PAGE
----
I’ve been using the Getting Things Done (GTD) time management system for the past couple of years. It’s been a reliable technique for me in maintaining productivity and efficiency, as GTD boils down to essentially managing a to-do list. Better yet, it’s easy enough to just pick aspects of the methodology you agree with, without being bogged down in dogmatic process and consultant-delighting proper nouns1.
The big idea of GTD is to write things down, getting them away from forgetful short-term memory onto more permanent storage, either paper or software. The tasks should stay small, and for larger projects it’s sufficient to capture just the first steps of progress. Then it’s just a matter of organizing tasks into lists, and reviewing them regularly to either tackle chores or rearrange and reprioritize.
That workflow should remind you of modern project management, with a hint of agile iterative development. Whereas agile falls flat when the entire team doesn’t completely buy into its methodologies2, GTD works because it only requires its single user to follow its processes. In particular, just capturing everyday information immediately to process later is a remarkably simple yet powerful tool: it enables “batch processing” of chores and avoids the trap of multitasking and succumbing to fallible human memory.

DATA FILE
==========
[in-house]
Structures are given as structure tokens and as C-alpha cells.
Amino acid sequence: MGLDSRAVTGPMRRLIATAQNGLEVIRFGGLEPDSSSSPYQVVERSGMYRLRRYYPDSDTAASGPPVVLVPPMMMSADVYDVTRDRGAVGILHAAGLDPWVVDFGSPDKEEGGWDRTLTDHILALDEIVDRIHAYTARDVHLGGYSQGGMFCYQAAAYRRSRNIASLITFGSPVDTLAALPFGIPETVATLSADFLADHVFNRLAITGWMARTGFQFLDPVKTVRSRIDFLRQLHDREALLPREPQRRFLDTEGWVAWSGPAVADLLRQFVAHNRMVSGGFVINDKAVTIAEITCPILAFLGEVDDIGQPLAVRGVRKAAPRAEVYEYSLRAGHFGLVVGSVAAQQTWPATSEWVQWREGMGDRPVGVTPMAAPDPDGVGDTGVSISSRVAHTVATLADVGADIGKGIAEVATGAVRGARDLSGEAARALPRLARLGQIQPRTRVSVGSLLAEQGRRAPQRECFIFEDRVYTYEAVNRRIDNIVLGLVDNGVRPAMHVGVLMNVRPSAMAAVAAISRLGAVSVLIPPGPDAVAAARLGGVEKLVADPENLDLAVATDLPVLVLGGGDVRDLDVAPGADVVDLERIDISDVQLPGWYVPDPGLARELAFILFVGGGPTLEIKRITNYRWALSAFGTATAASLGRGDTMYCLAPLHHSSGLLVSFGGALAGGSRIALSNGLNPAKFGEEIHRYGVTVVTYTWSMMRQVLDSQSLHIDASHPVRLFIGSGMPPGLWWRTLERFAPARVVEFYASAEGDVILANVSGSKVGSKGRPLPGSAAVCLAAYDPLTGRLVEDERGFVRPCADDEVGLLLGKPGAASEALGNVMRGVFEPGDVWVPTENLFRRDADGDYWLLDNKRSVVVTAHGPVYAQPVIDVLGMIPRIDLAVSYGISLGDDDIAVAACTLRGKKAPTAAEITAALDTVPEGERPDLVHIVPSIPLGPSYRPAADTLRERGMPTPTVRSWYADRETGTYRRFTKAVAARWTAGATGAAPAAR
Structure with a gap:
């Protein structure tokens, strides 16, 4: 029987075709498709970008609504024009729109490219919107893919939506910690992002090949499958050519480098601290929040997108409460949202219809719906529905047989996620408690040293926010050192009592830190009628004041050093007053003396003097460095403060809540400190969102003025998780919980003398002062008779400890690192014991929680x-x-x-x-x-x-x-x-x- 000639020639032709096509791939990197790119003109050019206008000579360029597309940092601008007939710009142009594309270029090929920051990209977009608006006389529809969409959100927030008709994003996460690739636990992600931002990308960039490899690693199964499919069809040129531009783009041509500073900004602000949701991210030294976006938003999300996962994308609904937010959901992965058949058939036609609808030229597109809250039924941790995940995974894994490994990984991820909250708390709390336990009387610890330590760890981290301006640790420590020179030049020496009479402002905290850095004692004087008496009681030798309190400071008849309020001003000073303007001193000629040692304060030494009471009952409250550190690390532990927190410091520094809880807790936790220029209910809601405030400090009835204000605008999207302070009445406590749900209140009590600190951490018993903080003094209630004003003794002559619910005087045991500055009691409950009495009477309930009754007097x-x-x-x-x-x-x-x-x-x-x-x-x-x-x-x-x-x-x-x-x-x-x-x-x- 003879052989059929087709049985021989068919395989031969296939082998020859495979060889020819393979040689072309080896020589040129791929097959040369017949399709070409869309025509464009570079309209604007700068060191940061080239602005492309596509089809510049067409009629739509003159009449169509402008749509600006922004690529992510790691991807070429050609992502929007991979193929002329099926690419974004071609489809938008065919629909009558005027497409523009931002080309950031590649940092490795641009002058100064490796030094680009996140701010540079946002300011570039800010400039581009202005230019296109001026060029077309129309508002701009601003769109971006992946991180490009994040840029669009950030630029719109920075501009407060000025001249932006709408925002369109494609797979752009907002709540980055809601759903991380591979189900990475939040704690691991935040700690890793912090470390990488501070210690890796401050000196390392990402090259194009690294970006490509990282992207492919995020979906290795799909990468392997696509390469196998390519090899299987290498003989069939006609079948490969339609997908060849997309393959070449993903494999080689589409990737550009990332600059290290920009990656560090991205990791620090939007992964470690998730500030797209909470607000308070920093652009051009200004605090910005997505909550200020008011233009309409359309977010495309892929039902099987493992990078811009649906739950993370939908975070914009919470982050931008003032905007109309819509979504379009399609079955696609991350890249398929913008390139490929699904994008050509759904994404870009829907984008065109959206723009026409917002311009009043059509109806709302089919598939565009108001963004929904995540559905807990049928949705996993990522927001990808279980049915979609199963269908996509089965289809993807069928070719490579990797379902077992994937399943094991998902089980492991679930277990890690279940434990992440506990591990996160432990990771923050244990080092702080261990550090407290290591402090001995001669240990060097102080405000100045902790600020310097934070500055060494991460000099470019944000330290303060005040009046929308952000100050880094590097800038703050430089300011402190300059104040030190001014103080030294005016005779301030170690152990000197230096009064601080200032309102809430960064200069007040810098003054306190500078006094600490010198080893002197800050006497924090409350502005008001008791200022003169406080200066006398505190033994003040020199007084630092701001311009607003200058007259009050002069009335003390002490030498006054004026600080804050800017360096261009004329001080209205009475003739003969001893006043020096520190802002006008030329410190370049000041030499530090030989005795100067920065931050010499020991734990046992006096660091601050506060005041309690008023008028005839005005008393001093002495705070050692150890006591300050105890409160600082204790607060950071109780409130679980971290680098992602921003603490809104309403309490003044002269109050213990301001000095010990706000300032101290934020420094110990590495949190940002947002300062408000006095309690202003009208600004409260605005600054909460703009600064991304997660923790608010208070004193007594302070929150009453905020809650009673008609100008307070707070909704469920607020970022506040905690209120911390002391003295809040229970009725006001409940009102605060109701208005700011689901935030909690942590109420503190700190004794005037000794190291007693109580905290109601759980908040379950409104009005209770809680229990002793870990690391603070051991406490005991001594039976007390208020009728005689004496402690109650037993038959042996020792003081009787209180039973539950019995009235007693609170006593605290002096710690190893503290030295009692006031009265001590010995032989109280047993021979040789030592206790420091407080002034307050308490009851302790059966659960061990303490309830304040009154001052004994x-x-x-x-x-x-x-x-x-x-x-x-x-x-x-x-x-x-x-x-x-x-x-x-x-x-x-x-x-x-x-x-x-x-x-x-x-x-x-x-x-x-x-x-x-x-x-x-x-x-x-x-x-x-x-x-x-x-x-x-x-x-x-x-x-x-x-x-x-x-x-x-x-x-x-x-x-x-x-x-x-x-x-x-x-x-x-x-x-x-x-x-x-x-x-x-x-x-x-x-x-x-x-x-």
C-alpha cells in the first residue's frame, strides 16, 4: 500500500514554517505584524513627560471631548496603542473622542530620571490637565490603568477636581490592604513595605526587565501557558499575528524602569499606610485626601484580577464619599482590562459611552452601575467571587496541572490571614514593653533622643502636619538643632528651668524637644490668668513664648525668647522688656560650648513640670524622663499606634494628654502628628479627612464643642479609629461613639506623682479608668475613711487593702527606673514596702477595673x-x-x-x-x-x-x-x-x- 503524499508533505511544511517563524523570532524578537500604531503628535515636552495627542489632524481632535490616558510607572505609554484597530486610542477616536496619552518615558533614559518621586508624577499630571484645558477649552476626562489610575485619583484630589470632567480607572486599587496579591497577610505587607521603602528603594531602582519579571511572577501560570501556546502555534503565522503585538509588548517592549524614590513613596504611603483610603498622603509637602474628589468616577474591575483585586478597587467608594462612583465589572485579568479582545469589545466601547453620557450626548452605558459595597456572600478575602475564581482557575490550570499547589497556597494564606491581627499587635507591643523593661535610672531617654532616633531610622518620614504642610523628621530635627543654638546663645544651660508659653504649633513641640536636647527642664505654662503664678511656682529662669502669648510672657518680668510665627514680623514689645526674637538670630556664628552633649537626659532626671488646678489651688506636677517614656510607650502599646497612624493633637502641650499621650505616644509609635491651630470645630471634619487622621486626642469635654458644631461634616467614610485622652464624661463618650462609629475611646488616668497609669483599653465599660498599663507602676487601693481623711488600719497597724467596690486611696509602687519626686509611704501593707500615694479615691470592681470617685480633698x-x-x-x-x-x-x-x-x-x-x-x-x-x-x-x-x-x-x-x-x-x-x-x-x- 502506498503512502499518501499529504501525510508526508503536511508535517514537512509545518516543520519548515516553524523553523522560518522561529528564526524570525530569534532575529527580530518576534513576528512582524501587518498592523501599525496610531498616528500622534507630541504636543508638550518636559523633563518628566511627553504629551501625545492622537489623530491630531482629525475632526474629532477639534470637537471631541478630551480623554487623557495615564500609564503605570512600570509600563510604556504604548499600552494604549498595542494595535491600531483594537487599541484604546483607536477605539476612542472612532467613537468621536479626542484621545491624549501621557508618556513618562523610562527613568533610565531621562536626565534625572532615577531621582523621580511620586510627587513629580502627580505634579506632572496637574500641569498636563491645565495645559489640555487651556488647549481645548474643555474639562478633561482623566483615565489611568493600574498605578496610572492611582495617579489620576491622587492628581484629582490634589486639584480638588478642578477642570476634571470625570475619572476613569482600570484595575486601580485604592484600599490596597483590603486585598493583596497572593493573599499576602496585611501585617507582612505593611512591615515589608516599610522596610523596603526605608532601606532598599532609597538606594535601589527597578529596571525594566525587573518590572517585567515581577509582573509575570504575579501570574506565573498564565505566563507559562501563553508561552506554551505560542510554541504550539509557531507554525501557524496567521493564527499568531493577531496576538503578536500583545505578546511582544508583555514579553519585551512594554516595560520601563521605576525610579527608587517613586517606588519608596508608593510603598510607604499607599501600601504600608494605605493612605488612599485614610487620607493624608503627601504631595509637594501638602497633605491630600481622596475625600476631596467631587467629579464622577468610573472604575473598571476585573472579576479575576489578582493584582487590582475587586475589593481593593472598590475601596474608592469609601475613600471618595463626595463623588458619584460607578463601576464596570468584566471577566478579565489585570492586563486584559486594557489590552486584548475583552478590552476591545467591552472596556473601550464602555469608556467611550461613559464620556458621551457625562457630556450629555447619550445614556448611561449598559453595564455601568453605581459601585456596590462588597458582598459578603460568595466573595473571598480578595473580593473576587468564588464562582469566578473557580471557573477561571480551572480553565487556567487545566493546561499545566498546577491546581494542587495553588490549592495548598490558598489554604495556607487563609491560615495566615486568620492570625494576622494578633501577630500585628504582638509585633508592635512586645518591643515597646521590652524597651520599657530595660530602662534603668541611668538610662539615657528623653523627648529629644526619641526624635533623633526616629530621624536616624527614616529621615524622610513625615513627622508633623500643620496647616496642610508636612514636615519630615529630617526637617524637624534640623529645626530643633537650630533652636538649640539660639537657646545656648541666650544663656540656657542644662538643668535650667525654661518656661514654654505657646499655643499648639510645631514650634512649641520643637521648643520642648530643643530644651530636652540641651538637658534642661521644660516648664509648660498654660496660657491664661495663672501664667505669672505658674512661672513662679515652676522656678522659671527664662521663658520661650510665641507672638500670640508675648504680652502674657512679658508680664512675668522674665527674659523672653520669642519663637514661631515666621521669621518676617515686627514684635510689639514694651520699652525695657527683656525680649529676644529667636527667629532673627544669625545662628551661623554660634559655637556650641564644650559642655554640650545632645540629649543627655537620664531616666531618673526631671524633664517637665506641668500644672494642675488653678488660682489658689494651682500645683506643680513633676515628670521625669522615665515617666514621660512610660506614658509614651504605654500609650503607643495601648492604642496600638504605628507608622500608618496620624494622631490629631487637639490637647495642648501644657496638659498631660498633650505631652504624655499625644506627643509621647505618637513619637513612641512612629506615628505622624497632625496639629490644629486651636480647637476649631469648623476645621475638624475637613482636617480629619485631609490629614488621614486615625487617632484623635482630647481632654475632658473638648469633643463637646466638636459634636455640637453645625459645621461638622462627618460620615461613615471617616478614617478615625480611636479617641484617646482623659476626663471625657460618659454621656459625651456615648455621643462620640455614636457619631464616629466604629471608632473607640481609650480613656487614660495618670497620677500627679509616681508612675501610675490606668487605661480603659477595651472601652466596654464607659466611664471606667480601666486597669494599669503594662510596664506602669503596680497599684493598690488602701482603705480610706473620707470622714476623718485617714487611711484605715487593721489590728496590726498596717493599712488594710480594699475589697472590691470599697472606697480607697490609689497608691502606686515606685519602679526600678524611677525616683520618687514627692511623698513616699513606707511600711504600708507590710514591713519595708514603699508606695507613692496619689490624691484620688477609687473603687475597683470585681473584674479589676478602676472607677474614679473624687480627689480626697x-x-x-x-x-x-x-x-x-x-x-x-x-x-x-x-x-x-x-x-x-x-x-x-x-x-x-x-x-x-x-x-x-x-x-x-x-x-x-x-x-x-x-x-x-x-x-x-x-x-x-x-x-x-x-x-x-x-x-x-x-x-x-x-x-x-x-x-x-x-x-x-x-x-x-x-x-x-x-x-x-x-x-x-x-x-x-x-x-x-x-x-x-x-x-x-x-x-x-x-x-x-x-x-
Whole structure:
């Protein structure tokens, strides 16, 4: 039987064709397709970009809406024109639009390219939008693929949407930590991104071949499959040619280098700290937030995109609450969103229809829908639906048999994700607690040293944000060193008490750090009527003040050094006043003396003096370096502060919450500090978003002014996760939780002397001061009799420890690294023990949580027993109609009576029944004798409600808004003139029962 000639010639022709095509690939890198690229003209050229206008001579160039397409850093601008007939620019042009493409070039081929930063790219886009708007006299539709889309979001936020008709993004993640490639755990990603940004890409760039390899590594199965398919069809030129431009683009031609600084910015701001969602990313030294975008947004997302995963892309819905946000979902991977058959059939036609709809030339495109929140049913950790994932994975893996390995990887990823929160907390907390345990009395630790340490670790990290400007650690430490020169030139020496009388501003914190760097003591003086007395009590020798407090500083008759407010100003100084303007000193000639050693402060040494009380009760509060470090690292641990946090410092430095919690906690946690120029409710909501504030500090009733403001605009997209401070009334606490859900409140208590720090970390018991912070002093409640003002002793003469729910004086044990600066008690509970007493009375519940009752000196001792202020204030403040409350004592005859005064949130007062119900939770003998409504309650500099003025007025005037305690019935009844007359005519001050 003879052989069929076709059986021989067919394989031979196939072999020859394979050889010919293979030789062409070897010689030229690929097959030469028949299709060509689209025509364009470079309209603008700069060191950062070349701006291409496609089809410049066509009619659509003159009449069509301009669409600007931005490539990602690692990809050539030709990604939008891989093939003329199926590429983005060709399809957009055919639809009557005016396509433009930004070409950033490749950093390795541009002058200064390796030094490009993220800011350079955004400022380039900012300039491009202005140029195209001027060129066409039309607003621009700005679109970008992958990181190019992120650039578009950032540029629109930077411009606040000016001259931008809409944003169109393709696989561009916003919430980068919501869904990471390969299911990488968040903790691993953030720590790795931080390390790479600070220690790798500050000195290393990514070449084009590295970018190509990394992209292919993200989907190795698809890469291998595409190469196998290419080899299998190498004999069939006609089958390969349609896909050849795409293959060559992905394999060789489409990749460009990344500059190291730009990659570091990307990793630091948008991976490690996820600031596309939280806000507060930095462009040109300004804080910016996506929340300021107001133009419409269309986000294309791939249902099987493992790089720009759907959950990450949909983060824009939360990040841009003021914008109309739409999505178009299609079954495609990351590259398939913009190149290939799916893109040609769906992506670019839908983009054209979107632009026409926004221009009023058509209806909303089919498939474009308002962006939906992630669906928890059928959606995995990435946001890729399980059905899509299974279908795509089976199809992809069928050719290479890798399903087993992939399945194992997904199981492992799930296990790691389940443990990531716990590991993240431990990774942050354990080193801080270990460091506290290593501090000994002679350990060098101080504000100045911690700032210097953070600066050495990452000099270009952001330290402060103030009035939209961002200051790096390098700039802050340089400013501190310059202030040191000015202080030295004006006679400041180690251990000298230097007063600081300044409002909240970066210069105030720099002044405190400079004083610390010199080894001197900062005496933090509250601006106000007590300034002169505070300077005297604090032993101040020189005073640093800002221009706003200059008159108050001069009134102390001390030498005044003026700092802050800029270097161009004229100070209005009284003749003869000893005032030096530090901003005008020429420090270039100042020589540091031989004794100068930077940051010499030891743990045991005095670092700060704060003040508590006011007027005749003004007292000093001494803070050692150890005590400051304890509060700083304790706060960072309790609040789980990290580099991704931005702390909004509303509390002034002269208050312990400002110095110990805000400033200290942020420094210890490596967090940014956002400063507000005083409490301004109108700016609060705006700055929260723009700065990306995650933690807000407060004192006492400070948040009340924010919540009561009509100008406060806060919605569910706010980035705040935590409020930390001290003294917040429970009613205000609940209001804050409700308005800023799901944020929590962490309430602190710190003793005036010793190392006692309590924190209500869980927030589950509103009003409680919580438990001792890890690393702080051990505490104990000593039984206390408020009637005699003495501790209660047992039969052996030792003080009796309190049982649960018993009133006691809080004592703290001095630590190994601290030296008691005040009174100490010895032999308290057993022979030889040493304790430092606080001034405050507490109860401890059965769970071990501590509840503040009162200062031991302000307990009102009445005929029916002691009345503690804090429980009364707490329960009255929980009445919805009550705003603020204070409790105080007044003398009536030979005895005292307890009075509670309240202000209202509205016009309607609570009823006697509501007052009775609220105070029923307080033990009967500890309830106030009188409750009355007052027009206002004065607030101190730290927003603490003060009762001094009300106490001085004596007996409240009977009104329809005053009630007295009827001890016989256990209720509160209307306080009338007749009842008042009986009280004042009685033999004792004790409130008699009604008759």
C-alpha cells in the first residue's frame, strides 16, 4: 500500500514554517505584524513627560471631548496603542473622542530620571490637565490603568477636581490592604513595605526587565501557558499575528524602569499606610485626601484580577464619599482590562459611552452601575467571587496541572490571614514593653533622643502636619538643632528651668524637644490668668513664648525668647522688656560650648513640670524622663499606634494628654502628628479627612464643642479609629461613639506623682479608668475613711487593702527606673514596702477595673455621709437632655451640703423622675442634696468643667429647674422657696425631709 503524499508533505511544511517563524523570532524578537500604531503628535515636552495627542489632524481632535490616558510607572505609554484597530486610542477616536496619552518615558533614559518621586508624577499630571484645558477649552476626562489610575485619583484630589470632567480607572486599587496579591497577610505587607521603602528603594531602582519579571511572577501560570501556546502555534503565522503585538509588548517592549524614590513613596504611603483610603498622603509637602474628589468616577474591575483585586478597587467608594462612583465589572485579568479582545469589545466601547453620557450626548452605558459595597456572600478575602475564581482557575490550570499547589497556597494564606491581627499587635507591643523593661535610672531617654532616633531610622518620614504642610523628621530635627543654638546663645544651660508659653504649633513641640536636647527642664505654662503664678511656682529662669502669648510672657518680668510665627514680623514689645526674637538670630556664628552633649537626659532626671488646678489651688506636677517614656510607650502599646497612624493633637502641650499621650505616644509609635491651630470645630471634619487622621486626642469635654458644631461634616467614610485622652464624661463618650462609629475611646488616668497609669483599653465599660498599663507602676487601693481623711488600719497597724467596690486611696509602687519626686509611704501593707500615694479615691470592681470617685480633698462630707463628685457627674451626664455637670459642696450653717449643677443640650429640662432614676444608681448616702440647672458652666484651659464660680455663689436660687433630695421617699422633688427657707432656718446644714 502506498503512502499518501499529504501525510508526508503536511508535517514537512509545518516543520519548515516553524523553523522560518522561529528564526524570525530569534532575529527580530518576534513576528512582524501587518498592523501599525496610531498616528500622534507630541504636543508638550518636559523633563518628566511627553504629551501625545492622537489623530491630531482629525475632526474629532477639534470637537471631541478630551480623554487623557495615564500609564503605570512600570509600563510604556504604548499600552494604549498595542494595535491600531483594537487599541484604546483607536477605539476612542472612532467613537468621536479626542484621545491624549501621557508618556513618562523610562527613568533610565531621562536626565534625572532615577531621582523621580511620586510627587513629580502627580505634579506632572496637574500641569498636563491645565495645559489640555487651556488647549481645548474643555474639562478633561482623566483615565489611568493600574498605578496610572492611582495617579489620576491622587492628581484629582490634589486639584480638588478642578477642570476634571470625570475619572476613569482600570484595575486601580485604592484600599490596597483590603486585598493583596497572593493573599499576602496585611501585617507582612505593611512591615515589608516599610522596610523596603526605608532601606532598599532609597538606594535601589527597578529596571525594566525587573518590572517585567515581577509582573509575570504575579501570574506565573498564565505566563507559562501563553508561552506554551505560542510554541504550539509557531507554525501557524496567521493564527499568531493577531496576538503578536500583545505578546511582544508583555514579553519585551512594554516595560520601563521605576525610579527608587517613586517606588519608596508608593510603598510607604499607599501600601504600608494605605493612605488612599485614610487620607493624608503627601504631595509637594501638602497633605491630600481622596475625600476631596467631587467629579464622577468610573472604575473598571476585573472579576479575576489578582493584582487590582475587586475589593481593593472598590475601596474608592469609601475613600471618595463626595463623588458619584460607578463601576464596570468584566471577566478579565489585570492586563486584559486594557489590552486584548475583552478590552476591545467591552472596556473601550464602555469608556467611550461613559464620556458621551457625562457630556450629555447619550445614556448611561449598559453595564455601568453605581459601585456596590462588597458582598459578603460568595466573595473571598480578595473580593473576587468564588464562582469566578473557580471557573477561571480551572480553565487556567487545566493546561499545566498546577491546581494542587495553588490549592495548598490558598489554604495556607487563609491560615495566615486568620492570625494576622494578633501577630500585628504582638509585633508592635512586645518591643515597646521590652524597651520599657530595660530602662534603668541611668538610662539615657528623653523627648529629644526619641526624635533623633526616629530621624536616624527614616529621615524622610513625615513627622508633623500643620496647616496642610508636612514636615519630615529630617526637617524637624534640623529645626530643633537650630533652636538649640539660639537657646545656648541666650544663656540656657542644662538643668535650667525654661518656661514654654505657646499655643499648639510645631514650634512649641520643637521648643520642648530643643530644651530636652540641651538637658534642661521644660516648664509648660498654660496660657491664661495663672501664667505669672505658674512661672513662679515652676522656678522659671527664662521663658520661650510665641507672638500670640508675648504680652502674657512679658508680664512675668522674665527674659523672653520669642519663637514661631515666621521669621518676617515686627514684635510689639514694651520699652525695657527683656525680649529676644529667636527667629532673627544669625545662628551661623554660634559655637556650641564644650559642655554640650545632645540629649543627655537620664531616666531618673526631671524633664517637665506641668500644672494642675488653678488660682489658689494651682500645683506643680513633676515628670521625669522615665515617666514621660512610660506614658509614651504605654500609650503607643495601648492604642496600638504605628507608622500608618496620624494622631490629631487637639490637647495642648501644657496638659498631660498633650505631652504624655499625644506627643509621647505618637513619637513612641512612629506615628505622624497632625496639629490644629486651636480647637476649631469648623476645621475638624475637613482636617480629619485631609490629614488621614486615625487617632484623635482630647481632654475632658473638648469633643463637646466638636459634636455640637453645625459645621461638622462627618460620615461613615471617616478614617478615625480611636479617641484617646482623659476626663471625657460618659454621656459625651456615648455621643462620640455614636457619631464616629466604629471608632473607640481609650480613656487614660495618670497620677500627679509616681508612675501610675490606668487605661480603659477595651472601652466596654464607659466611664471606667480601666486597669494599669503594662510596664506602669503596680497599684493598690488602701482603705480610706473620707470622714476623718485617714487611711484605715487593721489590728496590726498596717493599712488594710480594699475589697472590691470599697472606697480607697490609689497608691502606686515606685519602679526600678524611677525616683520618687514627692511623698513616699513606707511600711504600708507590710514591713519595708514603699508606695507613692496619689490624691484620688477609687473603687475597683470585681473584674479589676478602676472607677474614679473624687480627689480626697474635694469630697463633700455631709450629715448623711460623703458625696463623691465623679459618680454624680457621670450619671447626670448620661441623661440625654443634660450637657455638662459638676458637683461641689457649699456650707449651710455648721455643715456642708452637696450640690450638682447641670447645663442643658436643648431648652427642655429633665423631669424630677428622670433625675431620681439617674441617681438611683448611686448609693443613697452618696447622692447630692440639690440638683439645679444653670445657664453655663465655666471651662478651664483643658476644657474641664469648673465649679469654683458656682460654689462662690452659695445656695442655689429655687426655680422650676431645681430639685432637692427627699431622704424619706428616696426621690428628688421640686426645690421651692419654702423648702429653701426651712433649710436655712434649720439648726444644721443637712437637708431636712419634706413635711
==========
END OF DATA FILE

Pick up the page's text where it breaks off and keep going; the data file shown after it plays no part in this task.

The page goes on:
Of the software that enables GTD, I’ve been using Things for many years now across Macs and iPhones and iPads. I don’t really follow the full GTD framework, and I haven’t really found any software which models the full process either. To be honest though, any to-do list — digital or otherwise — is sufficient for tracking and task organization, and I just happen to like the Things interface and rock-solid syncing backend.
If you’ve ever felt that to-do lists can be useful but lack an instruction manual, give Getting Things Done a shot.